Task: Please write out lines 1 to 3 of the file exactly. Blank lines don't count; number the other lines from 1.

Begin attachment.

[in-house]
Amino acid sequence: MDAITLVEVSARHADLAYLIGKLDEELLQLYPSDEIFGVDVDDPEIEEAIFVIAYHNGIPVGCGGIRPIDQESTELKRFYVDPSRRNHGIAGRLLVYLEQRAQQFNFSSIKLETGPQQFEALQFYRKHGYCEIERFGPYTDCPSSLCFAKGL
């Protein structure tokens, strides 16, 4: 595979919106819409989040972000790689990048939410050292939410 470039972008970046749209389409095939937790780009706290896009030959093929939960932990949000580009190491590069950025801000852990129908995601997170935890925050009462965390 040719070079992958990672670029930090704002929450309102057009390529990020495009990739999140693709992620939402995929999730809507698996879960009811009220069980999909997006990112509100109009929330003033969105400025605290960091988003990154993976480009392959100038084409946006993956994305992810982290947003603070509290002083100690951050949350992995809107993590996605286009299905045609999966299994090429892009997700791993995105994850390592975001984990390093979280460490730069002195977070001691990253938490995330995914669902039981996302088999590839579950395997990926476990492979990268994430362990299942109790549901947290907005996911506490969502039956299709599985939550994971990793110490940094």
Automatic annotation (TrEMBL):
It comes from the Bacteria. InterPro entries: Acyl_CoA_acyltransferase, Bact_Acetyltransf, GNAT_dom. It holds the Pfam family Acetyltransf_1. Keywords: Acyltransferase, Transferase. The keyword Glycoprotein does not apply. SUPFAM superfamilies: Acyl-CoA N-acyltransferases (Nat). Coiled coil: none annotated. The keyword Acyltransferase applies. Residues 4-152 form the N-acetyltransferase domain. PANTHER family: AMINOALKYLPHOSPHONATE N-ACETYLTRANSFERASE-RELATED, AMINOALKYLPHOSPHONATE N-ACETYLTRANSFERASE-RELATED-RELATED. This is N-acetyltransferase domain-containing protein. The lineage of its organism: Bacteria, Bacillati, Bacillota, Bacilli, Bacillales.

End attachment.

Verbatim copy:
[in-house]
Amino acid sequence: MDAITLVEVSARHADLAYLIGKLDEELLQLYPSDEIFGVDVDDPEIEEAIFVIAYHNGIPVGCGGIRPIDQESTELKRFYVDPSRRNHGIAGRLLVYLEQRAQQFNFSSIKLETGPQQFEALQFYRKHGYCEIERFGPYTDCPSSLCFAKGL
């Protein structure tokens, strides 16, 4: 595979919106819409989040972000790689990048939410050292939410 470039972008970046749209389409095939937790780009706290896009030959093929939960932990949000580009190491590069950025801000852990129908995601997170935890925050009462965390 040719070079992958990672670029930090704002929450309102057009390529990020495009990739999140693709992620939402995929999730809507698996879960009811009220069980999909997006990112509100109009929330003033969105400025605290960091988003990154993976480009392959100038084409946006993956994305992810982290947003603070509290002083100690951050949350992995809107993590996605286009299905045609999966299994090429892009997700791993995105994850390592975001984990390093979280460490730069002195977070001691990253938490995330995914669902039981996302088999590839579950395997990926476990492979990268994430362990299942109790549901947290907005996911506490969502039956299709599985939550994971990793110490940094």